What Does Singapore Know About Selling Healthcare Products?
"More people will be buying insurance, or will be covered by insurance. Therefore insurance companies stand to gain just by increased volume," she says.
The increased attention on helping consumers eligible to buy insurance on the exchanges could serve the rest of the population well because it could force health insurance companies to become better at communicating clearly, something she acknowledges health plans haven't done very well, which could be a contributing factor to U.S. consumers being slow to take on more responsibility for their health.
"I don't think this is a market where people feel really confident about trying new things," she says. "It's hard to branch out, because, like your house, you've got to know that it's not in a flood zone, that the roof doesn't leak, that the windows work. There's a lot of uncertainty when you're buying a health insurance product. And I think we don't have great literacy, frankly, into the terms and conditions of a health insurance plan."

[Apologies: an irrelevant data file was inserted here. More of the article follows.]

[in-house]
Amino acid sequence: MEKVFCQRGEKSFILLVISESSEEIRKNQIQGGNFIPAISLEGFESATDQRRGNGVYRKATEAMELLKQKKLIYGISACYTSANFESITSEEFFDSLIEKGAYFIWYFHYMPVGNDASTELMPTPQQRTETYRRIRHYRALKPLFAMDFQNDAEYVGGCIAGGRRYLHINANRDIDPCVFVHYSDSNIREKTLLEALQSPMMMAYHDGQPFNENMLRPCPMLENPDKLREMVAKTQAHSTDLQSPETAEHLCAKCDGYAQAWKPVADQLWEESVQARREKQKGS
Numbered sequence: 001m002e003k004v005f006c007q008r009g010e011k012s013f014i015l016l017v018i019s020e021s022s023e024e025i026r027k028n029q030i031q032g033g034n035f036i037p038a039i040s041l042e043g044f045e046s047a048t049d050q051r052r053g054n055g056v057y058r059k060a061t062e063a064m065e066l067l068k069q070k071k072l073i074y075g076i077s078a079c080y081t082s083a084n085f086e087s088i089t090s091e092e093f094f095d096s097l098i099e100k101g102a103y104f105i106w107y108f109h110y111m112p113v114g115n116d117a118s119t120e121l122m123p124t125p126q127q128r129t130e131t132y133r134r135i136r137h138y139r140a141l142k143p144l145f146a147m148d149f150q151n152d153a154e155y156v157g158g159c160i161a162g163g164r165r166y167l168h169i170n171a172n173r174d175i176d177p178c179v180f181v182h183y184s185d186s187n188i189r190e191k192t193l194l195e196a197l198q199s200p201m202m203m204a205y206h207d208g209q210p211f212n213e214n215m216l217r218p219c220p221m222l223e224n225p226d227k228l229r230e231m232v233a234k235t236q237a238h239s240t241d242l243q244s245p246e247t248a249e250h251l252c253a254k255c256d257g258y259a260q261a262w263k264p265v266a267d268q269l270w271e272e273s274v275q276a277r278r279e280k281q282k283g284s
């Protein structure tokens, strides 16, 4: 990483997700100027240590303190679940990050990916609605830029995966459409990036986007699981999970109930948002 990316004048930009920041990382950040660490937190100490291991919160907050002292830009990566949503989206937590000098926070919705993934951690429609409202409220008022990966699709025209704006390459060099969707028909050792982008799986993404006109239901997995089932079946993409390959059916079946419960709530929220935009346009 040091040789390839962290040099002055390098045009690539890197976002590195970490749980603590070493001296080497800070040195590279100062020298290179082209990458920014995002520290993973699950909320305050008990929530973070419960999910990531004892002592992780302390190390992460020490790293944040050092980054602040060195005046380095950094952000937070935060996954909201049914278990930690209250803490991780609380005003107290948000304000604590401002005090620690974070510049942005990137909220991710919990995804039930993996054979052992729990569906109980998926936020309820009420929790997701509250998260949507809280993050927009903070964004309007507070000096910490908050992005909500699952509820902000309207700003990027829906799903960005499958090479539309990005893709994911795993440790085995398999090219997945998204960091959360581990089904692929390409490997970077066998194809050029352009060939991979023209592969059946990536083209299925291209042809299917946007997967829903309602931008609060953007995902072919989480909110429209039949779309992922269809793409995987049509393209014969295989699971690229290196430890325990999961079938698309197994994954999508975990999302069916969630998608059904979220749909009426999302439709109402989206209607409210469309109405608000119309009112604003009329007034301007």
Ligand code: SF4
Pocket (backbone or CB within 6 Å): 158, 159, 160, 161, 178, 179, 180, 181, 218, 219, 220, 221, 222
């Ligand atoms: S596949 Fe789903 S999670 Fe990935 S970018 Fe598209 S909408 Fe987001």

Gordon will be blogging about her trip to Singapore, Australia, and New Zealand. She leaves July 15.
Jacqueline Fellows is an editor for HealthLeaders Media.
- HCA to Acquire CareNow Urgent Care Centers
- Dental Board Case Before SCOTUS Has Far-Reaching Implications
- BCBS Tries New Drug Contracting Model
- Abington Health, Jefferson Health Plan '100% Equal' Merger
- 76% of Physicians Don't Like CMS Quality Reporting Programs
- The Case for Recycling Surgical Supplies
- Federal Appeals Court Mulls Observation Status
- Ballot Initiative Pits Providers Against Payers in SD
- How the Military's EHR Reboot Will Impact Interoperability
- Aetna Cuts 4 New Accountable Care Deals